Get a move on: Billie’s headed to new location

[cleeng_content id="376753139" description="Read it now!" price="0.49" t="article"]RANSON – Forty-four years after Billie Milburn established a popular diner on the corner across from Ranson City Hall, the eatery that still bears her name is about to enter a new era at a new location.

Regina Kerrigan and her mother Dorothy Dyke are closing Billie’s restaurant at its longtime location at 309 S. Mildred St. on Dec. 8, but they’ll reopen early next year in part of the former CVS store in Ranson Square. Billie’s Café and Bakery will feature a tweaked menu with the same breakfast entrees and other favorites but with more salads and other healthy items as well as an expanded bakery with coffee and other quick-pickup options. “We know people especially love all our breakfast foods – the sausage gravy, hot cakes, our omelets,” Kerrigan said. “We won’t be changing anything there. But with an expanded bakery, we’ll make it easier for customers who want to just pop in and get coffee and something great for breakfast.”

Regina Kerrigan and her mother Dorothy Dyke are closing Billie’s restaurant at its longtime location at 309 S. Mildred St. on Dec. 8, but they’ll reopen early next year in part of the former CVS store in Ranson Square. Billie’s Café and Bakery will feature a tweaked menu with
the same breakfast entrees and other favorites but with more salads
and other healthy items as well as an expanded bakery with coffee and
other quick-pickup options. “We know people especially love all our breakfast foods – the sausage gravy, hot cakes, our omelets,” Kerrigan
said. “We won’t be changing anything there. But with an expanded  bakery, we’ll make it easier for customers who want to just pop in and get coffee and something great for breakfast.”

Dorothy Dyke, who carried on Billie’s after her mother’s death in 2006, is turning over the restaurant to her daughter Regina Kerrigan, though she said she’ll continue to help as a consultant.

The plan is to shut down operations at 309 S. Mildred St. on Dec. 8 and begin readying a new space in Ranson Square.

When the restaurant reopens in early 2014 as Billie’s Café and Bakery, it will feature a tweaked menu with the same breakfast entrees and other favorites but with more salads and other healthy items as well as an expanded bakery with coffee and other quick-pickup options.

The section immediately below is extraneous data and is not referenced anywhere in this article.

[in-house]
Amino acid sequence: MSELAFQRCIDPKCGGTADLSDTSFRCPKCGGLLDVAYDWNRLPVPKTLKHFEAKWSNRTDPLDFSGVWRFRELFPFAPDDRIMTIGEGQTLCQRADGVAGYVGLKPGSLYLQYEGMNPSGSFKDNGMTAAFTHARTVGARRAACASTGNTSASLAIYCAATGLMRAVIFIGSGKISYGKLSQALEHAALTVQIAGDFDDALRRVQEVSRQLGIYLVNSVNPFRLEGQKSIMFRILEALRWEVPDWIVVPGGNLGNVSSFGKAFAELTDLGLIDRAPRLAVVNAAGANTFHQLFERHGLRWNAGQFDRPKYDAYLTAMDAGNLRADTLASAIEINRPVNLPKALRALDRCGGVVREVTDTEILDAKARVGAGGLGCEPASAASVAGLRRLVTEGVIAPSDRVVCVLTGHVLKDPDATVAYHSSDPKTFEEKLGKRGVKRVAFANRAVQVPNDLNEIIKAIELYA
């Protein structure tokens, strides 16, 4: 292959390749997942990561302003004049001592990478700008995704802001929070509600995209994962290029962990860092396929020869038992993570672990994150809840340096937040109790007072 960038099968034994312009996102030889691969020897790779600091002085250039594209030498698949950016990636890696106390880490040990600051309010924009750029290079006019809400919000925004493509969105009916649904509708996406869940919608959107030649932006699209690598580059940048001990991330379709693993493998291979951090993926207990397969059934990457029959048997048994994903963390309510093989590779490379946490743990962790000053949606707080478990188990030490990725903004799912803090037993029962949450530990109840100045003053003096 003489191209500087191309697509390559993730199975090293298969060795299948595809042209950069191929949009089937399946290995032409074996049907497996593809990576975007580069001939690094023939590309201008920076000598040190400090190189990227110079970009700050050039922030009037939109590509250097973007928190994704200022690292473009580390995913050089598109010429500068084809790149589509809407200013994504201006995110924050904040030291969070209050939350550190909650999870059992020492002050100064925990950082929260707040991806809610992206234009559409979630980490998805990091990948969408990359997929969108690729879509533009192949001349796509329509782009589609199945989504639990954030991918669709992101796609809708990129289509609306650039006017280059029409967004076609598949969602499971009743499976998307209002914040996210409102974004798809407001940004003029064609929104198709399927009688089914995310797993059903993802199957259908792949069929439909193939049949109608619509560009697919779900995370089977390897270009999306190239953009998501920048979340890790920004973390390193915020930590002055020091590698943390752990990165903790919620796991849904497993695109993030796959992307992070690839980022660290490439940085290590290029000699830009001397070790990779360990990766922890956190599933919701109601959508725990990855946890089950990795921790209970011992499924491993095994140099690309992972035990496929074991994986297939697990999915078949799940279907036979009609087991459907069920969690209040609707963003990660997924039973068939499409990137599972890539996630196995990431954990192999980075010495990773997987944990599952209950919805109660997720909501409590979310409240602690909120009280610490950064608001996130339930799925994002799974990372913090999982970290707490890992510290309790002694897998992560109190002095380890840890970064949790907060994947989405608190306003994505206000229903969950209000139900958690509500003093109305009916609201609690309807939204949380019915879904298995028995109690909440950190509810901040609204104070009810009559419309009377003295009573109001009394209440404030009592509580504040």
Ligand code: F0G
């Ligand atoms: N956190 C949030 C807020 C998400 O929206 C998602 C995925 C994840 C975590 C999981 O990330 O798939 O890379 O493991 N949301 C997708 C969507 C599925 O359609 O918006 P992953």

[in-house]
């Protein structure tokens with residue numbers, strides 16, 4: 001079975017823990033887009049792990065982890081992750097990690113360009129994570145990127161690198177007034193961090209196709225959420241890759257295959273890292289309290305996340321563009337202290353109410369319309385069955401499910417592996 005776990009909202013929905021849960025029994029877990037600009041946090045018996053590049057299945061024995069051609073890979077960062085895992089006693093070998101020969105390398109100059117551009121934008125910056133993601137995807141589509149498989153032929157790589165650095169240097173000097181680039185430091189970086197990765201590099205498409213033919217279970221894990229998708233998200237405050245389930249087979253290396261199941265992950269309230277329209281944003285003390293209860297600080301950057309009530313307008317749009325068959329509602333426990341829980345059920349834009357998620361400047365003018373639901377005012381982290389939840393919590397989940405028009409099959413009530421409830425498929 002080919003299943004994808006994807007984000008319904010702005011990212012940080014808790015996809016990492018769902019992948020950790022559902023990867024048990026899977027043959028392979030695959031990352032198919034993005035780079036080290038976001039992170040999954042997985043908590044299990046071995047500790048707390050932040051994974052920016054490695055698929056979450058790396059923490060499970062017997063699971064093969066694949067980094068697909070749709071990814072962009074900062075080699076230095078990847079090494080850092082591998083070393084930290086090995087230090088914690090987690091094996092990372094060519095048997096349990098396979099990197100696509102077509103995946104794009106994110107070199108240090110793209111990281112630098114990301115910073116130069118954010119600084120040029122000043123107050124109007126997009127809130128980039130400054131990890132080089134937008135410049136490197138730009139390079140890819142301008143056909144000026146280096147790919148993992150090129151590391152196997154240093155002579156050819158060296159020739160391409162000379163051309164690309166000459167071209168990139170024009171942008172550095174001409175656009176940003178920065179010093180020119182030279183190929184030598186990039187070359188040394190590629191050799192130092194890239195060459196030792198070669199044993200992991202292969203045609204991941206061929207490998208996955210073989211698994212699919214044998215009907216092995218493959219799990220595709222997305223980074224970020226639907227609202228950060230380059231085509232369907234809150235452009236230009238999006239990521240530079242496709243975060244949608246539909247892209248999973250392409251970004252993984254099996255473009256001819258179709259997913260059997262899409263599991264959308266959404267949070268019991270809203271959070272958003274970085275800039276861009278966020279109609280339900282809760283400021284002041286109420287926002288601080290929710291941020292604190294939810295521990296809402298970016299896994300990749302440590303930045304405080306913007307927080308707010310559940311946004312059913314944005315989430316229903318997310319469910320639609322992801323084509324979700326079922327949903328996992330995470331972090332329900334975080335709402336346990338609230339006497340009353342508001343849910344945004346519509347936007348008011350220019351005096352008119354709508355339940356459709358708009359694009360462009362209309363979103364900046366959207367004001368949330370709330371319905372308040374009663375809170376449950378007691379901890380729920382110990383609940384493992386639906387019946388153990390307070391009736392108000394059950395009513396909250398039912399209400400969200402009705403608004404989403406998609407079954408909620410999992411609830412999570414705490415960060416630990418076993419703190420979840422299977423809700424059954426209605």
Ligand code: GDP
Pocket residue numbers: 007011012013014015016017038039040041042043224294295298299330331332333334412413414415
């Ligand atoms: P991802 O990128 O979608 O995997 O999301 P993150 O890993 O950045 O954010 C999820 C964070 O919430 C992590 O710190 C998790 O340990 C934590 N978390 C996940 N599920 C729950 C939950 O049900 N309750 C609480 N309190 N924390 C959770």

Billie’s current site on South Mildred Street in Ranson was constructed in the 1940s as part of a shopping center with a bank, post office, movie theater, bakery and other shops. The part of the structure that’s been Billie’s since 1969 was originally a drugstore with a lunch counter inside, according to Dyke.

Billie’s current site on South Mildred Street in Ranson was constructed in the 1940s as part of a shopping center with a bank, post office, movie theater, bakery and other shops. The part of the structure that’s been Billie’s since 1969 was originally a drugstore with a lunch counter inside,
according to Dyke.

“We’ve had some people say ‘Oh no, you can’t move – this is where my wife and I had our first date 40 years ago!’ but most everybody has been extremely positive,” Dyke said. “They’re excited to know we’ll be in a nice, new space but with all the same food and staff they love.”

Billie’s new location is part of the CVS building left vacant since the pharmacy chain opened its store at 328 W. Washington St. in Charles Town. “The new space is actually a little smaller,” Kerrigan said. “We can seat 100 people here now and in the new place, we’ll have seating for 70.”

But the tradeoffs will include a location on the city’s main thoroughfare and amenities that have become standard for businesses in recent decades such as accessibility for disabled customers and larger restrooms with diaper changing areas.

“A lot of things that we’re used to now weren’t even considerations when this restaurant was built,” explained Dyke, who said Billie’s current site was constructed in the 1940s, part of an early shopping center with a bank, post office, movie theater, drugstore, bakery and other shops.

Through the decades, Dyke said her mother always felt a sense of pride that the restaurant she started in early 1969 was still thriving on the same corner.

“But I know she’d love to see this too,” she said. “She’d be thrilled to see her restaurant moving into the hands of a third generation – changing with the times and bringing in good new ideas.

“It’s an exciting time.”

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